Paula Hogan, a Milwaukee-based advisor long visible through presentations at FPA and NAPFA meetings, has laid out a model for financial planning that she argues is both more effective and more distinctive than conventional approaches.
In an article published this week in the Journal of Financial Planning, Hogan (left) attempts to integrate well-settled ideas from economics with the realities of dealing with clients in the trenches of financial advisory practices.
“Economists tend to assume that clients come into a planner’s office already knowing where their cash is being spent and able to specify concrete financial goals and the likely path of their earned income, and (icing on the cake) also to specify which expenses are lifetime needs and which are lifetime wants,” Hogan writes. “In the trenches, it is clear that none of these assumptions are true.”
But, Hogan argues, advisors are typically working on commonly based assumptions that economics disavows—for example, the idea that time diminishes the risk of owning stocks. Yes, average stock performance is positive over time, but shortfall risk increases with time, she asserts before asking: “If we offer a financial plan to a client that requires favorable stock performance to succeed, is it a plan or a hope?”
Rejecting these extremes, Hogan redefines financial planning based on a well-settled economic theory known as the Bodie Merton Samuelson theory of life-cycle saving and investing (LCSI), which seeks to optimize income and spending and match investment risk to goals.
The key effect of this paradigm shift is that “the person is the focus of attention, not the portfolio,” Hogan writes. That is because human capital is more important than financial capital in LCSI. Hogan cites Moshe Milevsky’s famous question, “are you a stock or a bond?” to remind advisors that the investment risk they take should correspond with the volatility of their earned income. She also states the “sobering” truth that “your personal gifts, and what you do with them, are the main levers for influencing your lifetime level of living.”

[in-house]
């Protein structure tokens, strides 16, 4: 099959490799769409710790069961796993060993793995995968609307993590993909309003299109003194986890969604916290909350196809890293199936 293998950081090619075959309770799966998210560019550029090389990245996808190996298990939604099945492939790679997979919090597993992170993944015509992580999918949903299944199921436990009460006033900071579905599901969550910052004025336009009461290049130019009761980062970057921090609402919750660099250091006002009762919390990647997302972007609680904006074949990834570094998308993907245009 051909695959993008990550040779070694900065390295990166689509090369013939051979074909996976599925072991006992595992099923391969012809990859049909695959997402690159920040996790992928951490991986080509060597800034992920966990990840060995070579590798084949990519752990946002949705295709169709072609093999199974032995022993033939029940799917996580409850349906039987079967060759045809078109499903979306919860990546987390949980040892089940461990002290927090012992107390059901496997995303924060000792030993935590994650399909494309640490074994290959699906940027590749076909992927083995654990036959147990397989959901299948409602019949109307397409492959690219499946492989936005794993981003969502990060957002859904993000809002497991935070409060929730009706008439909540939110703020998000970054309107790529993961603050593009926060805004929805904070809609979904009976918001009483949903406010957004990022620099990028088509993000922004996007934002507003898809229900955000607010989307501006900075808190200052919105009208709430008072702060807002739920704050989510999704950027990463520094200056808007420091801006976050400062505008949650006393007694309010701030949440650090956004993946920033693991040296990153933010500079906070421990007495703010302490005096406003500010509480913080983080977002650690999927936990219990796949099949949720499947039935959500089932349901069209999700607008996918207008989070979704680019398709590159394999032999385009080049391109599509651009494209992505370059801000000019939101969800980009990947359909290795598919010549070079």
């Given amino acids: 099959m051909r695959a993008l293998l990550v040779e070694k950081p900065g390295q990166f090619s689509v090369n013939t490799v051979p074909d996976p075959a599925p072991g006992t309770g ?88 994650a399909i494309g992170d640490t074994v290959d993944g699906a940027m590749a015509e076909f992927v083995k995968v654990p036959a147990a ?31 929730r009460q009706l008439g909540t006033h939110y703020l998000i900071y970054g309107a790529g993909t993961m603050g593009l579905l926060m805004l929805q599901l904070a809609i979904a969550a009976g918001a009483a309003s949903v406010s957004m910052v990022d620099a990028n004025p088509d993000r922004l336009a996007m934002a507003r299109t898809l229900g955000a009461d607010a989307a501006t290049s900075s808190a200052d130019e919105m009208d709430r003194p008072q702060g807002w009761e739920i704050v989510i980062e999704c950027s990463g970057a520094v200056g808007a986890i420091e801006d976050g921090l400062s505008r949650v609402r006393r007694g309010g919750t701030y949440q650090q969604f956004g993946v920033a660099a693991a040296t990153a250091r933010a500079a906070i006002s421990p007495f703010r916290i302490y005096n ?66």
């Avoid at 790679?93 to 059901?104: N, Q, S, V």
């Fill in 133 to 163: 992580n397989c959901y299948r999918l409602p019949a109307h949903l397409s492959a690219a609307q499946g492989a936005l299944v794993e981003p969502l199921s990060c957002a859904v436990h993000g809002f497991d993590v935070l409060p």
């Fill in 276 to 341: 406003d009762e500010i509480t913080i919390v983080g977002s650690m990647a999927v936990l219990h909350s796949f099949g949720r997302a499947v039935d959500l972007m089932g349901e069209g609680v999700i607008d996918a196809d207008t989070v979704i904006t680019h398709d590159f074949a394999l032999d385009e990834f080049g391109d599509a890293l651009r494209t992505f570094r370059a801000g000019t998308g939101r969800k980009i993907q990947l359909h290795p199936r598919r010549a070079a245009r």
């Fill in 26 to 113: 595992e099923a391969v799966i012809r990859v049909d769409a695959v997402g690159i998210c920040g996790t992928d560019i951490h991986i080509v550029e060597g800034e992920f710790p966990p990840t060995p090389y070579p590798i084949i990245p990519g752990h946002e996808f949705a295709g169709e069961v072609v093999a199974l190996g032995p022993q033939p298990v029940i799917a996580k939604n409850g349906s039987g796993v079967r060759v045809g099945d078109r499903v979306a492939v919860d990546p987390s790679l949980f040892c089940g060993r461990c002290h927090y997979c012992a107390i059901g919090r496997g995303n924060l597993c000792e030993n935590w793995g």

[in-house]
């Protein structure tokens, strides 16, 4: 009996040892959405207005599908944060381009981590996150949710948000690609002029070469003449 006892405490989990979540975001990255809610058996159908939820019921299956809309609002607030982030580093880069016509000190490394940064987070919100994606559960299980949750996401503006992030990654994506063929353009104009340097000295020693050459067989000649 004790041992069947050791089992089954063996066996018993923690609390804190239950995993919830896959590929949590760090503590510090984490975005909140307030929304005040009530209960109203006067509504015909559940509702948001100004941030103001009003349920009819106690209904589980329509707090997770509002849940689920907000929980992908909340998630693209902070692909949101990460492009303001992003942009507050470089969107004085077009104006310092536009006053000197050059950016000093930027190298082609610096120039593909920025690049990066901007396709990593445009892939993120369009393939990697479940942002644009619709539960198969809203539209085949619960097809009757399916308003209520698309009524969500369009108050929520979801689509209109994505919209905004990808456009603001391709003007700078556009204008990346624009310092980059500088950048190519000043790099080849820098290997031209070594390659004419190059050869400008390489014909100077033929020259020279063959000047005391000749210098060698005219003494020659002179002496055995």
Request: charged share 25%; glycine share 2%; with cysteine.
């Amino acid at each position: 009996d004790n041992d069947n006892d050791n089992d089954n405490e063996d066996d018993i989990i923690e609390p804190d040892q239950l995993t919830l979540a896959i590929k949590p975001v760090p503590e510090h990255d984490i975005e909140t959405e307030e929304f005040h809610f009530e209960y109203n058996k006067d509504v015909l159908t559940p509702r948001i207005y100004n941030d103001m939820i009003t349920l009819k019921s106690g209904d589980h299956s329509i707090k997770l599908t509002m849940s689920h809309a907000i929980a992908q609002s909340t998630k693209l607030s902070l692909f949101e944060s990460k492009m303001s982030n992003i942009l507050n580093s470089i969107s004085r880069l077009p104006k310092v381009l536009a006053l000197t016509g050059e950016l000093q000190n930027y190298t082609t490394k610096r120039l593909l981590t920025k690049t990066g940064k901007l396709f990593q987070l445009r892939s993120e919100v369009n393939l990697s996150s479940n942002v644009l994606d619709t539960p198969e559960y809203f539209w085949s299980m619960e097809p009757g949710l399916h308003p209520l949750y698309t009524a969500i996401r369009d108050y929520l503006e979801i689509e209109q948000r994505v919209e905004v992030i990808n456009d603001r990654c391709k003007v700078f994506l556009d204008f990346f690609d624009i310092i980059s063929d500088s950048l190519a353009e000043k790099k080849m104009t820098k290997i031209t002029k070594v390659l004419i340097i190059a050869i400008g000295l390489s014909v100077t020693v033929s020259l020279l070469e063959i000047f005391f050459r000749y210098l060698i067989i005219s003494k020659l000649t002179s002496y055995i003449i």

Given the primacy of earned income, Hogan argues it would be appropriate for planners to make a client’s pay a focus of the annual review to be tracked over time.
And because risks must be matched with goals, and goals cannot be discerned without “values clarification,” Hogan advocates “life planning as central to the advisory mission,” despite the discomfort many advisors have with therapeutic-sounding questions they view as outside their skill set. Hogan therefore calls it “imperative for advisers to develop listening and other life planning-type skills intentionally and with supervision, instead of naively on an ad hoc basis.”
Apart from the primacy of human capital, another key insight Hogan draws from LCSI is that people care more about their standard of living than their portfolio wealth. This “core tenet shifts the focus of attention definitively toward risk management, and in particular toward managing the risks of longevity and inflation, and finding downside protection,” Hogan writes.
That means that advisors need to focus on “smoothing” consumption through tools such as savings, debt and insurance. “A central challenge of managing finances for an individual is smoothing consumption—pushing cash flow around to the right time and circumstance, because awkwardly, income and expenses don’t flow in the same rhythm,” Hogan writes.
Other implications of subordinating portfolio wealth to income needs is the need for income flooring—to ensure a base standard of living—and redefining safe assets away from U.S. Treasury bills to “an immediate lifetime annuity that goes up with inflation but never down.”
In the life of the financial planner, Hogan’s proposal means that stable investments are no longer just for widows and orphans while executives get stocks. She approvingly cites the massive derivatives market and burgeoning structured products as increasing advisors’ ability to slice and dice risk and trade it to the right party.
In discussions with her own clients, Hogan talks about “smoothing the client’s ability to spend by moving wealth from good times to bad times in the safest way possible, and in a way that is consistent with the client’s values and preferences.” Her key planning levers are the client’s earned income and spending, and an illustrative diagram she uses to stimulate discussions notably shows the client, and not a portfolio, at the center of planning efforts.